A few tips for more sustainable travel
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Last week I wrote about the impact travelling (especially mass tourism) has on the environment and local communities. The general conclusion was rather pessimistic, so today I’d like to write in a more positive tone. Yes, travelling contributes to many environmental problems, but surely there are a few things we can do to minimize our negative impact. Below I share a few ideas that I’ve been trying to implement for some time (I don’t claim to be 100% successful, though). I hope that in the nearest future I will be able to further expand my knowledge on sustainable travel.
Choose your transport
Obviously, in many cases (especially when it comes to intercontinental travel), it would be rather difficult to replace plane with another means of transport. However, if you are not travelling that far, perhaps you can consider choosing another form of public transport, such as coach bus or train. Personally, I consider train to be the ultimate means of transport. Not only does it emit much less pollution than a plane, but it is also simply more comfortable (so much more space to stretch your legs). If you would like to compare how much carbon dioxide and other environmentally unfriendly emissions will be generated if you travel on the same route respectively by train, car or plane, I recommend you visit the website EcoPassenger.
If you choose rail as your form of transport, you will usually travel from one city centre to another. It will help you avoid extra time spent on travelling to and from airports (which are often located in suburban areas). This is why last year, when travelling to Berlin, I chose to go by train rather than by plane (even though there are quite a few airlines offering direct flights from Poland to Germany). Considering the time that I usually spend at the airport before and after I take a flight, my train trip was only minimally longer than if I had taken a plane. Thanks to this, I spared myself all the stress generated by check-in and airport controls. Instead, I could simply chill on the train, reading books, sleeping and watching landscapes out of the train window.
A zero waste kit
When I travel, I try to remember to bring a few accessories that help me minimize the amount of waste generated during the trip. These zero waste accessories are:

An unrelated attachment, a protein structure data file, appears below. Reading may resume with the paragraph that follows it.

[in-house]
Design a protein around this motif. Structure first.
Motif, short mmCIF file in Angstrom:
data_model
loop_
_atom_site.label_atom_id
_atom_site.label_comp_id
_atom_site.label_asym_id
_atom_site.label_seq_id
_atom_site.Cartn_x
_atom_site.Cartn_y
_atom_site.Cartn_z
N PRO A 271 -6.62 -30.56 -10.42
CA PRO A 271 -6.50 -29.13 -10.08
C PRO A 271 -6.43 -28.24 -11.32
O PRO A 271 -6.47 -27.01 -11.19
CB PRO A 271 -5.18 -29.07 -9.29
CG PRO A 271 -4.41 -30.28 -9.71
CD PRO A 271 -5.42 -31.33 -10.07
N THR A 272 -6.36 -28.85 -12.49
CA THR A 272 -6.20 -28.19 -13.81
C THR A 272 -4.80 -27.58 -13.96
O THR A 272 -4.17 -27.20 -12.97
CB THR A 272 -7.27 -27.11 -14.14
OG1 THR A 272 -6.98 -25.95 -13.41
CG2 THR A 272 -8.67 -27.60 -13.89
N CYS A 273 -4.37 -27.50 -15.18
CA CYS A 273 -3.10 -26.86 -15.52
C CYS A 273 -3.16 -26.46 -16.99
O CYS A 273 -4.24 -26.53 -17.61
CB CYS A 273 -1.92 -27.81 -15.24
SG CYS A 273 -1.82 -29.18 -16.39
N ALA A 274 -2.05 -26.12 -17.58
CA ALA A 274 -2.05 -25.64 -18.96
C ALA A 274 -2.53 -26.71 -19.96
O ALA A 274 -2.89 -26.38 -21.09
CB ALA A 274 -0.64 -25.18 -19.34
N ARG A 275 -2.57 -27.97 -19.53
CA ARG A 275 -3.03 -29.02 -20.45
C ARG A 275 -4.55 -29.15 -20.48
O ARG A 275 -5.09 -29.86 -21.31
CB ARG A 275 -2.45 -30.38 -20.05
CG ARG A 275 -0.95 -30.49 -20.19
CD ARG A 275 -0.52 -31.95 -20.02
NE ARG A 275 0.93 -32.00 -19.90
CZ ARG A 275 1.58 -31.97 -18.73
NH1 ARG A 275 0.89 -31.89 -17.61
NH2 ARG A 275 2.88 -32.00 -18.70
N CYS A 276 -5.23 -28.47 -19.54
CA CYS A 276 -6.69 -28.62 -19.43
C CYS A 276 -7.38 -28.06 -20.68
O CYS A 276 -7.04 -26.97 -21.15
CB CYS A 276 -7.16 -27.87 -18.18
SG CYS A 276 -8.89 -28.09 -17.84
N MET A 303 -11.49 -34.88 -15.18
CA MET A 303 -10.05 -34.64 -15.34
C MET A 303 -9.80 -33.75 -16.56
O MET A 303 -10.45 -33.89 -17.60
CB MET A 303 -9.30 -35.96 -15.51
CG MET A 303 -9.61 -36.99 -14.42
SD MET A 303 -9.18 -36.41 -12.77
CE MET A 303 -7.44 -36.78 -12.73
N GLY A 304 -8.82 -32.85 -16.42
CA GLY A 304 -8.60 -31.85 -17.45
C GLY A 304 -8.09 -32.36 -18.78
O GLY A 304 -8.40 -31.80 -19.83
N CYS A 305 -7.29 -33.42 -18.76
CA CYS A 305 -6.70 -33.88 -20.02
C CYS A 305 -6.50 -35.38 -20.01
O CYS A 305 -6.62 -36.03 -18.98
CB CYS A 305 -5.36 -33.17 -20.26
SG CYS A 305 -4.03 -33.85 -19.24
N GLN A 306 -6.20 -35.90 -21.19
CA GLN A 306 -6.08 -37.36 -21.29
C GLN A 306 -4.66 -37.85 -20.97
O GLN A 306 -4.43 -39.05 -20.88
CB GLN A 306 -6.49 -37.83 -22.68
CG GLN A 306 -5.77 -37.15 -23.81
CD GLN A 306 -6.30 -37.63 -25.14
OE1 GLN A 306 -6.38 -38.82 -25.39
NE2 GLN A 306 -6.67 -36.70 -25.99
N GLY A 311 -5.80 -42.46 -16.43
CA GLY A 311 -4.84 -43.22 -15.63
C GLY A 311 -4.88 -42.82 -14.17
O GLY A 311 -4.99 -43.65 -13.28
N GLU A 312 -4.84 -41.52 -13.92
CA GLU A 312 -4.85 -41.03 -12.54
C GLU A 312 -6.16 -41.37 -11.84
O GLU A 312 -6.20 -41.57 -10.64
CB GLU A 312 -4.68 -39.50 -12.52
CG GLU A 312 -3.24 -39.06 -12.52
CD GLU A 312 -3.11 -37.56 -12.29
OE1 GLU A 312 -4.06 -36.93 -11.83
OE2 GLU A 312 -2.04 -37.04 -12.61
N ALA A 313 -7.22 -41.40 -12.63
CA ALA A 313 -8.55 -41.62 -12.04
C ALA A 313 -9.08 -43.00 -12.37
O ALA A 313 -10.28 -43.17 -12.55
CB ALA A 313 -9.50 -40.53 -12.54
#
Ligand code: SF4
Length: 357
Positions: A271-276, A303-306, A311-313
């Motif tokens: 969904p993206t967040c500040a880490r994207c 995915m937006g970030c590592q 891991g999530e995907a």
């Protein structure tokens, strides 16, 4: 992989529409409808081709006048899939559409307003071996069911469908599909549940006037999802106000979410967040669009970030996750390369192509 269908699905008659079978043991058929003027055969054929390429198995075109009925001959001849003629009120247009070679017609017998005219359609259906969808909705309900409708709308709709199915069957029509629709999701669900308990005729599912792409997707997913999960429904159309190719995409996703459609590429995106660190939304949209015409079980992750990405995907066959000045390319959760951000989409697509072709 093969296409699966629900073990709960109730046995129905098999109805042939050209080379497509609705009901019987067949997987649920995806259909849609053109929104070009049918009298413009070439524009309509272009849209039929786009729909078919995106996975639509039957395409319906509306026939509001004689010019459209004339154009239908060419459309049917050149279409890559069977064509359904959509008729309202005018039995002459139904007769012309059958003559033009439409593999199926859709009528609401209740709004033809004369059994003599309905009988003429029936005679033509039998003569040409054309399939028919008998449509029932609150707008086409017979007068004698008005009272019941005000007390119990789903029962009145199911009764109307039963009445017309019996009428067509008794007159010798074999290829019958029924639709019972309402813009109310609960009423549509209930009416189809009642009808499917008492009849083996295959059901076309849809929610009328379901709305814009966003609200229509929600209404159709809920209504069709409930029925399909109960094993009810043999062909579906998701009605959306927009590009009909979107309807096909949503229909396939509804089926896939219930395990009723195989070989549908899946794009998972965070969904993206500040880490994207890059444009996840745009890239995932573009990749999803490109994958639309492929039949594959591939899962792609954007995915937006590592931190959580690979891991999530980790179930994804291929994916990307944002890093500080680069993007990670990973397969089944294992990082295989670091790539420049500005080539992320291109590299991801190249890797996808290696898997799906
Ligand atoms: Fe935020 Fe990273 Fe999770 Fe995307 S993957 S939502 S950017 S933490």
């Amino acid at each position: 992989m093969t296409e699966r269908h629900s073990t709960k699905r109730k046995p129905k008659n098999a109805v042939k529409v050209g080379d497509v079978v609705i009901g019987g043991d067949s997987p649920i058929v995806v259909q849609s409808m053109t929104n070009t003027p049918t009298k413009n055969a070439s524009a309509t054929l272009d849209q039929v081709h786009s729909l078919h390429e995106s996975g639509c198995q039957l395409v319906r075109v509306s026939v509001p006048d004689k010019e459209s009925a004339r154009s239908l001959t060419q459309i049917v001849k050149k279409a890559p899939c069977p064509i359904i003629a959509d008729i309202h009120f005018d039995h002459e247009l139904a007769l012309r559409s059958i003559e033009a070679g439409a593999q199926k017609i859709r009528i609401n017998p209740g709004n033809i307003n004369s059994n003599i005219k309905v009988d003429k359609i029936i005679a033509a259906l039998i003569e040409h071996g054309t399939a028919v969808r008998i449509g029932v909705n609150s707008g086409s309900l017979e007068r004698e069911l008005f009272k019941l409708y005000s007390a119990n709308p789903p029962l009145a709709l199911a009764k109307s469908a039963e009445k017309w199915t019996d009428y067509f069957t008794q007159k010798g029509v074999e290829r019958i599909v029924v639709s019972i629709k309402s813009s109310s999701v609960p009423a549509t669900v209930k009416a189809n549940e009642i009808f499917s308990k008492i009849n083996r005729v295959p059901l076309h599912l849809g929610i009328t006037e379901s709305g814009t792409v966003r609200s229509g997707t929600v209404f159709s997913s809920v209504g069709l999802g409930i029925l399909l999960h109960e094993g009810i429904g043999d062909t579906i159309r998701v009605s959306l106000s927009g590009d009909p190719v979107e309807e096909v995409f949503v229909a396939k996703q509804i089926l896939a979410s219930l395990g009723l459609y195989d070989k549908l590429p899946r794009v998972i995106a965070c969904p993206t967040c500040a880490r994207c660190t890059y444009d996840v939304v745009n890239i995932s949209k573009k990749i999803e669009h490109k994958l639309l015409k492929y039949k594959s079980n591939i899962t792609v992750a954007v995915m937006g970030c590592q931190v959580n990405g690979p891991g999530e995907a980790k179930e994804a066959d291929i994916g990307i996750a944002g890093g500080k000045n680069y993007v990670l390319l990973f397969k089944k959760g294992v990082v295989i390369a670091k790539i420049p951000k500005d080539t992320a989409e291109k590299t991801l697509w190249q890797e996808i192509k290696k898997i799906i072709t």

- Reusable water bottle
In many places, tap water is safe to drink. If we carry a reusable water bottle with us, we can avoid buying water in plastic bottles. In some cities, you can also find public water fountains – I saw them for example in Barcelona and Budapest. I consider them as very useful elements of urban infrastructure. I appreciate them especially when I’m visiting a city on a hot summer day and suddenly realize I have just run out of water.
- A few cotton or linen bags (different sizes)
They are handy, when you want to buy some bulk, package-free products, such as fresh and dried fruits or nuts. These are great, healthy snacks that I always try to carry with me when visiting a city or hiking. Before you go on a trip to a place that you don’t know very well, it is good to find out where you can shop for package-free products. Just check the city map and look for market places or zero waste stores.
- A keep cup
It does not take much space in my luggage, yet helps me avoid using disposable cups with a plastic cap on top. At present, a lot of cafés are happy to fill beverages they sell in reusable cups or mugs brought by the customer. Some of them even offer discounts if you bring your own cup, to incentivize your eco-friendly attitude. When travelling by plane or train, you can also ask the staff to fill coffee or tea in your personal keep cup – I have asked for it on several occasions already and it has worked. Of course, there is no guarantee the staff will always be happy to do it for you. It is worth trying, though.
- A sandwich box or a reusable wax wrap
These items will allow you to pack your homemade sandwiches and avoid buying ready-made ones, sold in plastic packaging.
Optionally, you can also bring a thermos for hot beverages (if travelling in winter for example) or multiple-use straws (metal or glass) for your summer drinks.
Travel with Happy Cow
A few years ago I discovered Happy Cow – a website and a free mobile app that allows you to search for vegan and vegetarian restaurants and shops near you. I very often rely on Happy Cow as my source of reference, when I go on a trip to a place I don’t know very well.
Of course, when travelling most of people like to taste dishes typical for the local cuisine. Using Happy Cow doesn’t make it impossible – quite the contrary. Thanks to the app, I have already visited a number of amazing restaurants serving plant-based versions of regional specialties. Very often you can find real gems, managed by people who are really passionate about cooking.
One example of such spot I have had a chance to visit thanks to Happy Cow is Vida Vegan Bistro in Cusco (Peru). This is a tiny restaurant, with only two tables available for guests, but it has a great vibe and delicious food. The only employee of the bistro is its owner who is at the same time a very creative and talented chef. During the few days spent in Cusco, I visited his restaurant several times. I tried a number of different dishes, each of them being a vegan version of either a Peruvian or fusion specialty. I also had a chance to taste a vegan interpretation of the traditional Peruvian alcoholic beverage – pisco sour (much better than traditional version where one of the ingredients is egg white). Unfortunately, the chef did not reveal the full recipe, I only know the egg white was probably replaced by a mysterious fruit.